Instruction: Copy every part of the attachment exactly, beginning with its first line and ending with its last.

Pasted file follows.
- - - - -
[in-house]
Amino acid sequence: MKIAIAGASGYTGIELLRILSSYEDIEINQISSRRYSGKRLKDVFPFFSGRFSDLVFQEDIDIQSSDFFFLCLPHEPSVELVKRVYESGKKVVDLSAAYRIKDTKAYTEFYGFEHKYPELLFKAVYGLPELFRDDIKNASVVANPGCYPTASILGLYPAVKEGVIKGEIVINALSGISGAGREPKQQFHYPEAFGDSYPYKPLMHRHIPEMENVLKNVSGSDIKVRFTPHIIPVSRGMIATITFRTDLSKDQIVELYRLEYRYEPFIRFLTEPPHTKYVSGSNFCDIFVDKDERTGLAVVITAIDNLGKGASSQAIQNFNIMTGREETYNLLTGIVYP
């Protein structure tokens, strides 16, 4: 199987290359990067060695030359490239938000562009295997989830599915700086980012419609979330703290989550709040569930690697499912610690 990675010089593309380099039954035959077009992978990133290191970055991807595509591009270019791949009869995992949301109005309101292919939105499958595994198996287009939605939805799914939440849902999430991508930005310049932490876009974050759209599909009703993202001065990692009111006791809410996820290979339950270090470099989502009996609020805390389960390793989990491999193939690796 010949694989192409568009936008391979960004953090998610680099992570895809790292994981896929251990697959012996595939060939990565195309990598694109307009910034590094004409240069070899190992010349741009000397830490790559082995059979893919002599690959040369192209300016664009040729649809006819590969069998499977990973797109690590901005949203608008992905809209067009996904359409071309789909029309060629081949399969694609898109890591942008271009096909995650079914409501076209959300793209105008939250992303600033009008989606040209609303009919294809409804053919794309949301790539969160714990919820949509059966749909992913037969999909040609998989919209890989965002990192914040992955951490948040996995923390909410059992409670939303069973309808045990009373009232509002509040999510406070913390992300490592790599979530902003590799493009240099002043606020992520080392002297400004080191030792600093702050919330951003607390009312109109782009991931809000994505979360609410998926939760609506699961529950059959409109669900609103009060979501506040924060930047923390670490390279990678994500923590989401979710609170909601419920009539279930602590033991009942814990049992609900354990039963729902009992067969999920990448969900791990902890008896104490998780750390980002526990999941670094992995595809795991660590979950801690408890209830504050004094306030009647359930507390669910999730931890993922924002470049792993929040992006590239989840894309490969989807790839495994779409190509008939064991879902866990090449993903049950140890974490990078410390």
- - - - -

[in-house]
Amino acid sequence: MKIAIAGASGYTGIELLRILSSYEDIEINQISSRRYSGKRLKDVFPFFSGRFSDLVFQEDIDIQSSDFFFLCLPHEPSVELVKRVYESGKKVVDLSAAYRIKDTKAYTEFYGFEHKYPELLFKAVYGLPELFRDDIKNASVVANPGCYPTASILGLYPAVKEGVIKGEIVINALSGISGAGREPKQQFHYPEAFGDSYPYKPLMHRHIPEMENVLKNVSGSDIKVRFTPHIIPVSRGMIATITFRTDLSKDQIVELYRLEYRYEPFIRFLTEPPHTKYVSGSNFCDIFVDKDERTGLAVVITAIDNLGKGASSQAIQNFNIMTGREETYNLLTGIVYP
């Protein structure tokens, strides 16, 4: 199987290359990067060695030359490239938000562009295997989830599915700086980012419609979330703290989550709040569930690697499912610690 990675010089593309380099039954035959077009992978990133290191970055991807595509591009270019791949009869995992949301109005309101292919939105499958595994198996287009939605939805799914939440849902999430991508930005310049932490876009974050759209599909009703993202001065990692009111006791809410996820290979339950270090470099989502009996609020805390389960390793989990491999193939690796 010949694989192409568009936008391979960004953090998610680099992570895809790292994981896929251990697959012996595939060939990565195309990598694109307009910034590094004409240069070899190992010349741009000397830490790559082995059979893919002599690959040369192209300016664009040729649809006819590969069998499977990973797109690590901005949203608008992905809209067009996904359409071309789909029309060629081949399969694609898109890591942008271009096909995650079914409501076209959300793209105008939250992303600033009008989606040209609303009919294809409804053919794309949301790539969160714990919820949509059966749909992913037969999909040609998989919209890989965002990192914040992955951490948040996995923390909410059992409670939303069973309808045990009373009232509002509040999510406070913390992300490592790599979530902003590799493009240099002043606020992520080392002297400004080191030792600093702050919330951003607390009312109109782009991931809000994505979360609410998926939760609506699961529950059959409109669900609103009060979501506040924060930047923390670490390279990678994500923590989401979710609170909601419920009539279930602590033991009942814990049992609900354990039963729902009992067969999920990448969900791990902890008896104490998780750390980002526990999941670094992995595809795991660590979950801690408890209830504050004094306030009647359930507390669910999730931890993922924002470049792993929040992006590239989840894309490969989807790839495994779409190509008939064991879902866990090449993903049950140890974490990078410390």